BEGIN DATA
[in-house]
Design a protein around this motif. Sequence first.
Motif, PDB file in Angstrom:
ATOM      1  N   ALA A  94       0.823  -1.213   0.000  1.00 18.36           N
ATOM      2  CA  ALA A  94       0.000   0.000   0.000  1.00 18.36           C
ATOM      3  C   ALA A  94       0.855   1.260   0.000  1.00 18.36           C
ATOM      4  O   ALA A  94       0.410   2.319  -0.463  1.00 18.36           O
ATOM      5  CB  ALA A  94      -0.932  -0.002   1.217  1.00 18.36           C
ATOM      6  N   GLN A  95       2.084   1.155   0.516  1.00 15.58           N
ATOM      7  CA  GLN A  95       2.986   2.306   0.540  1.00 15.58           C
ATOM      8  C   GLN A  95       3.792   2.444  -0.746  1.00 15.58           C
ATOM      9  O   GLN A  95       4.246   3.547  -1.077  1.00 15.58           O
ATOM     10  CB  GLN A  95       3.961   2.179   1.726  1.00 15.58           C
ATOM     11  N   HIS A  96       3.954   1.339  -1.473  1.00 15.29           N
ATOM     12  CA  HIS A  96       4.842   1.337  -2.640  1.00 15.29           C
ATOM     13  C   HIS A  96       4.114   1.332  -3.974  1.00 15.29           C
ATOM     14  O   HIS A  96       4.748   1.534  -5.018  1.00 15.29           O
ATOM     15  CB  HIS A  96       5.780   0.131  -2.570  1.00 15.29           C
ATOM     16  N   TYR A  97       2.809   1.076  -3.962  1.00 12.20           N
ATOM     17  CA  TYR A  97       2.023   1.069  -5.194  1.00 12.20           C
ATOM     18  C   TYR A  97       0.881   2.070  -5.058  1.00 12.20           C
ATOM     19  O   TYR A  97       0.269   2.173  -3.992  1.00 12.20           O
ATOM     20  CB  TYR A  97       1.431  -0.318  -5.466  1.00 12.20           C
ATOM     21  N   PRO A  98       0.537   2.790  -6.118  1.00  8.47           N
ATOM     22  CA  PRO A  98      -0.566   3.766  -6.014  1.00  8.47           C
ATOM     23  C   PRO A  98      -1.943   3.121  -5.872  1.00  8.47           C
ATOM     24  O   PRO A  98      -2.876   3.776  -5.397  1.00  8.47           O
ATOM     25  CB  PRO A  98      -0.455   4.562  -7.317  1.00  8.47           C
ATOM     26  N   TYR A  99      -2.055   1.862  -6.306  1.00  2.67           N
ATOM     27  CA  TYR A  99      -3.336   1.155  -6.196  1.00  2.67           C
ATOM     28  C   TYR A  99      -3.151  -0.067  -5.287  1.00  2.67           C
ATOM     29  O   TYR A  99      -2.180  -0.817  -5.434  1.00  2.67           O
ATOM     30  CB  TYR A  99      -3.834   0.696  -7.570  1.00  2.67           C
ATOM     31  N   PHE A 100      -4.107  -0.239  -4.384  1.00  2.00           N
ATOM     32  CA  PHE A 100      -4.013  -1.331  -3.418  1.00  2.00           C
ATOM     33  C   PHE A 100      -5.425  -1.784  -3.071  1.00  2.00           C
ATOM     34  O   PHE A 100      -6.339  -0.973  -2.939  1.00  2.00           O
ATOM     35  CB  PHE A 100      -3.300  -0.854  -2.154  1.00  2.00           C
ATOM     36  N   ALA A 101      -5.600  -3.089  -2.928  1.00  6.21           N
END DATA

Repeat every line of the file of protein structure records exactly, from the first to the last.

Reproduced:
[in-house]
Design a protein around this motif. Sequence first.
Motif, PDB file in Angstrom:
ATOM      1  N   ALA A  94       0.823  -1.213   0.000  1.00 18.36           N
ATOM      2  CA  ALA A  94       0.000   0.000   0.000  1.00 18.36           C
ATOM      3  C   ALA A  94       0.855   1.260   0.000  1.00 18.36           C
ATOM      4  O   ALA A  94       0.410   2.319  -0.463  1.00 18.36           O
ATOM      5  CB  ALA A  94      -0.932  -0.002   1.217  1.00 18.36           C
ATOM      6  N   GLN A  95       2.084   1.155   0.516  1.00 15.58           N
ATOM      7  CA  GLN A  95       2.986   2.306   0.540  1.00 15.58           C
ATOM      8  C   GLN A  95       3.792   2.444  -0.746  1.00 15.58           C
ATOM      9  O   GLN A  95       4.246   3.547  -1.077  1.00 15.58           O
ATOM     10  CB  GLN A  95       3.961   2.179   1.726  1.00 15.58           C
ATOM     11  N   HIS A  96       3.954   1.339  -1.473  1.00 15.29           N
ATOM     12  CA  HIS A  96       4.842   1.337  -2.640  1.00 15.29           C
ATOM     13  C   HIS A  96       4.114   1.332  -3.974  1.00 15.29           C
ATOM     14  O   HIS A  96       4.748   1.534  -5.018  1.00 15.29           O
ATOM     15  CB  HIS A  96       5.780   0.131  -2.570  1.00 15.29           C
ATOM     16  N   TYR A  97       2.809   1.076  -3.962  1.00 12.20           N
ATOM     17  CA  TYR A  97       2.023   1.069  -5.194  1.00 12.20           C
ATOM     18  C   TYR A  97       0.881   2.070  -5.058  1.00 12.20           C
ATOM     19  O   TYR A  97       0.269   2.173  -3.992  1.00 12.20           O
ATOM     20  CB  TYR A  97       1.431  -0.318  -5.466  1.00 12.20           C
ATOM     21  N   PRO A  98       0.537   2.790  -6.118  1.00  8.47           N
ATOM     22  CA  PRO A  98      -0.566   3.766  -6.014  1.00  8.47           C
ATOM     23  C   PRO A  98      -1.943   3.121  -5.872  1.00  8.47           C
ATOM     24  O   PRO A  98      -2.876   3.776  -5.397  1.00  8.47           O
ATOM     25  CB  PRO A  98      -0.455   4.562  -7.317  1.00  8.47           C
ATOM     26  N   TYR A  99      -2.055   1.862  -6.306  1.00  2.67           N
ATOM     27  CA  TYR A  99      -3.336   1.155  -6.196  1.00  2.67           C
ATOM     28  C   TYR A  99      -3.151  -0.067  -5.287  1.00  2.67           C
ATOM     29  O   TYR A  99      -2.180  -0.817  -5.434  1.00  2.67           O
ATOM     30  CB  TYR A  99      -3.834   0.696  -7.570  1.00  2.67           C
ATOM     31  N   PHE A 100      -4.107  -0.239  -4.384  1.00  2.00           N
ATOM     32  CA  PHE A 100      -4.013  -1.331  -3.418  1.00  2.00           C
ATOM     33  C   PHE A 100      -5.425  -1.784  -3.071  1.00  2.00           C
ATOM     34  O   PHE A 100      -6.339  -0.973  -2.939  1.00  2.00           O
ATOM     35  CB  PHE A 100      -3.300  -0.854  -2.154  1.00  2.00           C
ATOM     36  N   ALA A 101      -5.600  -3.089  -2.928  1.00  6.21           N